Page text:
Due to the callousness of the Atomic Energy Ministers, Officials, Scientists, Engineers and  state Government officials they are not able to make an indepth study on nuclear reactor safety  and public safety and hence failed to grasp that nuclear safety is a myth as confirmed by International experts and also the heads of countries like Japan and Germany who decided to abandon nuclear plants within the next 20 years. Unfortunately due to lack of awareness about the scientific and environmental safety importance for sustainable development and inspite of the lessons from the nuclear explosions at Chernobyl in 1986 and Fukushima in 2011, the  Kudankulam nuclear plant authorities are violating  the AERB and International guidelines formulated by International Atomic Energy Agency (IAEA) in promoting public health and environmental safety which requires the preparation of the nuclear reactor explosion scenario and the disaster management as followed in many countries including USA and the guidelines of the National Disaster Management Authority furnished in the guidelines on radiological safety as per website
6.2 Preparedness for Nuclear/Radiological Emergencies
The handling of nuclear emergencies requires coordination among different service groups of the nuclear facility. In the event of potential radiological consequences in the public domain, all the authorities at the three levels, i.e., district, state and central, will play a vital role.
6.2.1 Major Responsibilities of Nuclear Power Plant Operators
This includes the arrangements required to promptly classify an emergency, mitigate the emergency, notify and recommend protective actions off the site consistent with international guidelines, protect those on site, obtain off-site assistance, conduct environmental monitoring of the affected area and assist off-site officials in keeping the public informed.
6.2.2 Major Responsibilities of Off-Site Officials
This includes the arrangements required to promptly implement protective actions and countermeasures in the affected area.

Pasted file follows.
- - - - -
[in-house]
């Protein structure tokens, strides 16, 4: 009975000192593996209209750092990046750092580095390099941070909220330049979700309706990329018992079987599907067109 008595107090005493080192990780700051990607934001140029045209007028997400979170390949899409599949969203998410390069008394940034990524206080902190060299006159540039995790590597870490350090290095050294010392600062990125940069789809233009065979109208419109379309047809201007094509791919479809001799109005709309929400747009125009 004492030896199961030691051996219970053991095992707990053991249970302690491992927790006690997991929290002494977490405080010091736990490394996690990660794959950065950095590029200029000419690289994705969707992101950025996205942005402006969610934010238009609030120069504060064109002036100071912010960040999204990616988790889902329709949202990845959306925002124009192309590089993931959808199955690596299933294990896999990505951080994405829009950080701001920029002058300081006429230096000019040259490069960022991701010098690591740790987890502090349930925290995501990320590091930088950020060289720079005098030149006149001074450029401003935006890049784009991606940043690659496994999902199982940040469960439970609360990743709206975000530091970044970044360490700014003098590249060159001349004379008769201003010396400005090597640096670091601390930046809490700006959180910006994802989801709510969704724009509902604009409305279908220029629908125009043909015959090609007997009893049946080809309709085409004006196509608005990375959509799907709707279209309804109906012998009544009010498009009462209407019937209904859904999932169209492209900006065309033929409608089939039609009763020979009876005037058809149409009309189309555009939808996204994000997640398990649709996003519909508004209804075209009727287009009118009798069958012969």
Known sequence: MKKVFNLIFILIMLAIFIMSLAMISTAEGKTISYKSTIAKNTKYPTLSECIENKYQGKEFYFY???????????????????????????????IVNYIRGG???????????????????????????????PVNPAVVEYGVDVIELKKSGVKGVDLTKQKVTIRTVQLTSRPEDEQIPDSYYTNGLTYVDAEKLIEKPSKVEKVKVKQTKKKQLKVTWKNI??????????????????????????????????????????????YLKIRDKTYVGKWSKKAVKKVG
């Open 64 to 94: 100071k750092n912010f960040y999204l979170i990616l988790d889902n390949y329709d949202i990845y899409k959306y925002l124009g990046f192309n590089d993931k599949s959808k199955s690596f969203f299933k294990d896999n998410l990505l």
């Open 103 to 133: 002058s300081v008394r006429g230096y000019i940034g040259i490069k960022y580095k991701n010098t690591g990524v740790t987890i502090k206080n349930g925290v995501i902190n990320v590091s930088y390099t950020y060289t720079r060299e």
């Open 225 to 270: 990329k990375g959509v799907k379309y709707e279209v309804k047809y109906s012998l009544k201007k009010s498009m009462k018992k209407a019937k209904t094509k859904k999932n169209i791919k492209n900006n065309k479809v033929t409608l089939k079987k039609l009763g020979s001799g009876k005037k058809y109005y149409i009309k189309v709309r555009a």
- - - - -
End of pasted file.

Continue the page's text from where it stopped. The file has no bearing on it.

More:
6.3 Emergency Preparedness for Nuclear Power Plants
Since the proper implementation of countermeasures can significantly reduce the consequences of an emergency situation,
It is mandatory for all nuclear facilities that there must be a comprehensive emergency preparedness plan.
Prior to the issuance of a license for the operation of a nuclear facility, the AERB ensures that the facility has the Emergency Response Manuals for the three main types of emergencies, viz., plant, on-site and off-site, and that the plans are in place to handle these types of emergencies.
The operators of nuclear facilities must make an assessment of the type and quantum of release of radioactivity under various accident conditions and the extent to which it can spread into the environment.
1)      The response actions within the site boundary of the nuclear facility are the responsibility of the management of the nuclear facility.
2)      But the implementation of the emergency response plan in the public domain (beyond the site boundary) is the responsibility of the concerned district authority.
3)       In the event an off-site emergency having the potential for trans-boundary effects, necessary action is taken by DAE in accordance with the country’s international obligations.